Scotland’s Anne-Marie Dunbar generously posted this pattern on her blog.  Twenty-two Ravelers (including me) have knitted it.    It’s Bok, of Dr. Who fame.  Bok was a stone gargoyle brought to life by Azal’s power.  Bok was short, powerful, with glowing red eyes.  This time, it would have  been perfect if my camera didn’t have the anti-red eye feature.  Bok could vaporize objects and people.  He was afraid of iron.  I have no idea why.  I’m not a Dr. Who fan.  I just thought Bok could be an interesting knit.  I am going to wear my Bokaclava passing out treats to the neighborhood children.  My other possible costume choice is a clown nose.  This is better.  It can be an odd endeavor, this knitting.


EZ Does It

img_2980_lowres“EZ.”  Elizabeth Zimmermann to non-knitters.  She is widely accepted as the mother of modern knitting.  Some call her the Jerry Garcia of knitting.  When she died in 1999, her NY Times obituary said  that she “brought a penetrating intellect and a sculptor’s sensitivity to revolutionizing the  ancient art of knitting.”  It quoted from the preface of one of Zimmermann’s early books, “Knitters Almanac:”  “In knitting there are ancient possibilities.  The earth is enriched with the dust of millions of knitters who have held wool and needles since the beginning of sheep.”

Knitters will know that the hat is Zimmermann’s spiral hat.  It is the warmest hat there is–knitted of superbulky weight wool from her company, Schoolhouse Press, now run by Zimmermann’s daughter Meg Swanson.  (The acorn did not fall far from the tree.  Swanson is a master knitter, knit designer and teacher.)  And the mittens?  They are Sideways Mystery Mittens, knit in bold colors to show off the construction of the mitten. At a first knit, a knitter will be half way through the mitten before she sees how its shape is forming.  Zimmermann rediscovered the use of the moebius in knitting.  And ribwarmers.  And socks, oh my–could Elizabeth design socks.  Near the end of her life, we are told Elizabeth could not knit.  I am happy for her that she did not remember what she was missing.  Knitters around the world continue to find inspiration in  her ground-breaking body of work.  She encouraged knitters  to free themselves from the tyranny of the pattern and gently prodded us  “blind followers” to enrich our craft by finding its new and old expressions.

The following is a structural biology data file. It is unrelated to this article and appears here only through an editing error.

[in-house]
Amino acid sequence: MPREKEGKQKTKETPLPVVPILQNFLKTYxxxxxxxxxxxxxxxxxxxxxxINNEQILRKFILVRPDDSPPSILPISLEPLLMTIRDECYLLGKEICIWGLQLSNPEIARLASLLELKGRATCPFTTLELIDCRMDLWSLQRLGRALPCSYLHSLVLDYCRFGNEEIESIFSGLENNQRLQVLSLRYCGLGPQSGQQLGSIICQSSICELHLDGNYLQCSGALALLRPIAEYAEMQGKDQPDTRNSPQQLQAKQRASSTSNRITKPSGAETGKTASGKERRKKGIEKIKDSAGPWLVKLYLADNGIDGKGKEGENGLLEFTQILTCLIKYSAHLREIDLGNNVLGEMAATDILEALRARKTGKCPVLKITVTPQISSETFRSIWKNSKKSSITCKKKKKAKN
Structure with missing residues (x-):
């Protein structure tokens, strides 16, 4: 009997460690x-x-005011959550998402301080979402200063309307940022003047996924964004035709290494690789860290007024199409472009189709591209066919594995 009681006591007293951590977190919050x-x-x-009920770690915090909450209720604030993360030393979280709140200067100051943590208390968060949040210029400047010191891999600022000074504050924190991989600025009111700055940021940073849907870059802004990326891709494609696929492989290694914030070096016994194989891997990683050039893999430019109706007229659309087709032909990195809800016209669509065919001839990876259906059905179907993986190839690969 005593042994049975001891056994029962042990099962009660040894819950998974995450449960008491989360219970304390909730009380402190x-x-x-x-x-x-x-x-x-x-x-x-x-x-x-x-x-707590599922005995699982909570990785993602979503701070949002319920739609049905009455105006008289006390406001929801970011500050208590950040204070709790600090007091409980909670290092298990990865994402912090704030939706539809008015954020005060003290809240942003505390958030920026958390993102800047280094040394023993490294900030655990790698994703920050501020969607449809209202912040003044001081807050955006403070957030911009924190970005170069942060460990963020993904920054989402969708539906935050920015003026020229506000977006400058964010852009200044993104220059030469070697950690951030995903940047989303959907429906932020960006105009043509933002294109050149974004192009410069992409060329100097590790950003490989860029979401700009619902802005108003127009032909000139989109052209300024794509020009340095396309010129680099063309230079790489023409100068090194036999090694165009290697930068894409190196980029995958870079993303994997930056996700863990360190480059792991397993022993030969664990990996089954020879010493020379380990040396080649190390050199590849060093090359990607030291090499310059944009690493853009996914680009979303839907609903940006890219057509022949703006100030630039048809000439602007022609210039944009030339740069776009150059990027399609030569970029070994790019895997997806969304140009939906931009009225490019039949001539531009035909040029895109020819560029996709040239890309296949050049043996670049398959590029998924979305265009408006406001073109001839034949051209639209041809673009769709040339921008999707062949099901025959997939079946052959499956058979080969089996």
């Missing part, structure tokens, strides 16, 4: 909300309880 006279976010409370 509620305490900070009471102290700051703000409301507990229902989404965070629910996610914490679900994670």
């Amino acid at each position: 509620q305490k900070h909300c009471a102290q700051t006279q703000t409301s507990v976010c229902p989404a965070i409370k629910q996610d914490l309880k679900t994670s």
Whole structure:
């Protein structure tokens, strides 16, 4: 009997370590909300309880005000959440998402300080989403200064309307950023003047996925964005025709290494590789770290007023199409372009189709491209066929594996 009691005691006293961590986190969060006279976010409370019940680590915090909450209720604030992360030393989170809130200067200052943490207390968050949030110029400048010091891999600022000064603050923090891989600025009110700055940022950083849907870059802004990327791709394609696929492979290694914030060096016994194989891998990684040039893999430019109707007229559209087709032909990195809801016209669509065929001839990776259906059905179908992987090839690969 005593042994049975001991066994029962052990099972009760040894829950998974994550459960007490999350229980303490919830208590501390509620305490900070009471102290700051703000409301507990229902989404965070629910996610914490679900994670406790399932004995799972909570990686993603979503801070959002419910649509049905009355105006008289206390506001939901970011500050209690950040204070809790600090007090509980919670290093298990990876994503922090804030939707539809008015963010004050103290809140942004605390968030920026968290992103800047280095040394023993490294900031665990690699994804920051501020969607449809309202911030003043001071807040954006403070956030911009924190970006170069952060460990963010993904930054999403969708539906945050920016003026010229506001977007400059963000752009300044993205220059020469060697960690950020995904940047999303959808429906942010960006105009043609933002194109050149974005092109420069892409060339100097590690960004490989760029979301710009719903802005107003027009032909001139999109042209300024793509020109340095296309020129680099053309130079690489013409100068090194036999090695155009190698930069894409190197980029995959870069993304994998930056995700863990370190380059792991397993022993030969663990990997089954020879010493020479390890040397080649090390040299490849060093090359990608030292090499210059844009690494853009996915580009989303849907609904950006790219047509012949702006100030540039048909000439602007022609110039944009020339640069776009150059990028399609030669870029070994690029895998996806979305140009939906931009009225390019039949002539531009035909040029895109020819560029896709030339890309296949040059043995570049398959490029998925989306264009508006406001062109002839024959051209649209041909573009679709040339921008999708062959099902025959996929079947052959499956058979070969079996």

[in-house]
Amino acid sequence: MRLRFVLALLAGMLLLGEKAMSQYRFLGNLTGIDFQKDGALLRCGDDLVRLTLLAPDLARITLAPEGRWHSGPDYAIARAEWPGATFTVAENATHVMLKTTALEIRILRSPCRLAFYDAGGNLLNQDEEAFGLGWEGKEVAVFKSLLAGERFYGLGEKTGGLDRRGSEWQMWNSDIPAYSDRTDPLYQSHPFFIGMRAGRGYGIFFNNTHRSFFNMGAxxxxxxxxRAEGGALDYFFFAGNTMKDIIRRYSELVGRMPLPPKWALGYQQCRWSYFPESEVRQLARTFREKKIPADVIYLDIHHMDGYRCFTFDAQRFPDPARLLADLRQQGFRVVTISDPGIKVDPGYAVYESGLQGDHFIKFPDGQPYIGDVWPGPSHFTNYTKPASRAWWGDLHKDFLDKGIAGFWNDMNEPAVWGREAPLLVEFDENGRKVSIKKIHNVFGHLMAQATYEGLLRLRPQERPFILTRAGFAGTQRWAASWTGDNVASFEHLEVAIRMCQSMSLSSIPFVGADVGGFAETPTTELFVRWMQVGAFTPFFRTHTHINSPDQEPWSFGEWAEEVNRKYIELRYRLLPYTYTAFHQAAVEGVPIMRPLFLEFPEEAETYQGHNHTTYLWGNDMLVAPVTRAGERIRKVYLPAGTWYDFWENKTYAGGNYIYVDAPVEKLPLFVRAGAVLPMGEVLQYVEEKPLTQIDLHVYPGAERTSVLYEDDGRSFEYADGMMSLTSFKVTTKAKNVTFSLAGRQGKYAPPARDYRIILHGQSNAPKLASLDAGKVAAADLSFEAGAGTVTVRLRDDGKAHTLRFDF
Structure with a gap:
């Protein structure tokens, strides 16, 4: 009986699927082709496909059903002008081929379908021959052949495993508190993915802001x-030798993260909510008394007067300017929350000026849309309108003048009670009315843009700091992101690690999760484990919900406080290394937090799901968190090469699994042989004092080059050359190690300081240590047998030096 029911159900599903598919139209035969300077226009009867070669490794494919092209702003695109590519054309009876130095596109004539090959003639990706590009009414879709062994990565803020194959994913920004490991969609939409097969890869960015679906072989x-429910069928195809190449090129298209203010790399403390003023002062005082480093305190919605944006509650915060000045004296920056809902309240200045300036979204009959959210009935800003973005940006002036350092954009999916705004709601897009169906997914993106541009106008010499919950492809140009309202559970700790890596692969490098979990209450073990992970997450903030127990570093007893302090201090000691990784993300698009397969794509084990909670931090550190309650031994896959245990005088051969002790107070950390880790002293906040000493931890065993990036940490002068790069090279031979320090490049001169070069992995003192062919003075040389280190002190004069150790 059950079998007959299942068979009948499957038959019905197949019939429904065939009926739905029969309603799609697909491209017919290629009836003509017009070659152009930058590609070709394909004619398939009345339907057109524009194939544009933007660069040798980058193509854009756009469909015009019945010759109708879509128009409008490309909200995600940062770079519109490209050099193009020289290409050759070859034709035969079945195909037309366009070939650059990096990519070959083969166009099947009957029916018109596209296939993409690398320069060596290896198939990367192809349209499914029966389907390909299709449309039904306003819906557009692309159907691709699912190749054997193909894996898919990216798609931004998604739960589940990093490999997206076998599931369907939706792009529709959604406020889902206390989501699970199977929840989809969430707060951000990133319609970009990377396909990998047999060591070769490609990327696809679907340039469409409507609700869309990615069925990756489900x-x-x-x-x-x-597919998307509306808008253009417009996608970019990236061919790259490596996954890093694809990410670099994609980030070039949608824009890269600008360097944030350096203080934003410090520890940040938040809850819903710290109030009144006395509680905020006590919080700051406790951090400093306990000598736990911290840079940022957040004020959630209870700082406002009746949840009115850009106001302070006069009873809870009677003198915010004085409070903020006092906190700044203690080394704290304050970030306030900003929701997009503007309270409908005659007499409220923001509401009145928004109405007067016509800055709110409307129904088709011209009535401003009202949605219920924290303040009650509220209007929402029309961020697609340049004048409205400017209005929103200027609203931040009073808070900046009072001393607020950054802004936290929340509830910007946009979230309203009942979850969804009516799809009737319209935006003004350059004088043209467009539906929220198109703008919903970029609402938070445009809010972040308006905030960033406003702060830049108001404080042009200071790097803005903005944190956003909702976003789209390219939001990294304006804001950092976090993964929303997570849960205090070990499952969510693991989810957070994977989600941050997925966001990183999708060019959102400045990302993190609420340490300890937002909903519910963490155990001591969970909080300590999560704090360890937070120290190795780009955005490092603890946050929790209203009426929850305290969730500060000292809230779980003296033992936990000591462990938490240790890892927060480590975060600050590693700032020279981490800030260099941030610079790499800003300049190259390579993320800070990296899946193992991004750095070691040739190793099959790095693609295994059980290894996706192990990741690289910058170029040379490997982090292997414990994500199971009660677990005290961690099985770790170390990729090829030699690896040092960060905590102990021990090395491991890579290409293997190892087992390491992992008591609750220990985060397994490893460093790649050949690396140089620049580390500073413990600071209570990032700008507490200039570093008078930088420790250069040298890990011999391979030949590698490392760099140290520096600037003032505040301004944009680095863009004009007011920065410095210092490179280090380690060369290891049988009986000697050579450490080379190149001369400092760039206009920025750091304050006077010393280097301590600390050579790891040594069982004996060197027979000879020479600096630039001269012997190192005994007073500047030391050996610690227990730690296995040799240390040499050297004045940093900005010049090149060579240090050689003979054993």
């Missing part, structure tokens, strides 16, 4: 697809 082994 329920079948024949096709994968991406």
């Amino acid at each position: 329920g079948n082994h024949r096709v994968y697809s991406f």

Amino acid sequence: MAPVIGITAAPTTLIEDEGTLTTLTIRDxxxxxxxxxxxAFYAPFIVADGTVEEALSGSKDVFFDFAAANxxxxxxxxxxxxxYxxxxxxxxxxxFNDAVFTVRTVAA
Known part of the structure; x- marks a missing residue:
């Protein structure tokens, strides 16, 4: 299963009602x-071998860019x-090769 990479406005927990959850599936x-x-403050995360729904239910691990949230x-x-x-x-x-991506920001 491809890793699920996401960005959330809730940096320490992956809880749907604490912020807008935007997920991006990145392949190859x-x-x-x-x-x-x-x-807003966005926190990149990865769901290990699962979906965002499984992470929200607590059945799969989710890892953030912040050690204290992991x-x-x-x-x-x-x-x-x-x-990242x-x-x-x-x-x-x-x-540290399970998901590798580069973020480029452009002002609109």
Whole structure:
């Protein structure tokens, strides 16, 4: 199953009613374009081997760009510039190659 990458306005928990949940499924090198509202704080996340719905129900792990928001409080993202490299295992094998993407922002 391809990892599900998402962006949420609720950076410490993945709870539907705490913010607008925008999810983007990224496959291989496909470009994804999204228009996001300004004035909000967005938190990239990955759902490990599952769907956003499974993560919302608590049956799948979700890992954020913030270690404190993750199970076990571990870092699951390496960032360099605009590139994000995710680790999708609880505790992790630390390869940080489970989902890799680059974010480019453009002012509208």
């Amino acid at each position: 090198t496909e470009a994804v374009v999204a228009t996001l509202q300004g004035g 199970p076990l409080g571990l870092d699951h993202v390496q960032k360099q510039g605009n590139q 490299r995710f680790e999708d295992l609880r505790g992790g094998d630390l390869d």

You know those ubiquitous plastic chairs that have popped up everywhere?  I am about to start knitting two chair covers for my beige pair.  I want to use Yuvinia Yuhadi’s “Not So Ubiquitous Knitted Chair” pattern, but I want to do it my own way.  I have stashed the yarn.  I have studied books and charts for inspiration.  I have read Yuhadi’s pattern. Blind following is easy. EZ’s call for bushwhacking your own knitting trail is harder.

“Knit on, with confidence and hope, through all crises.” Elizabeth Zimmerman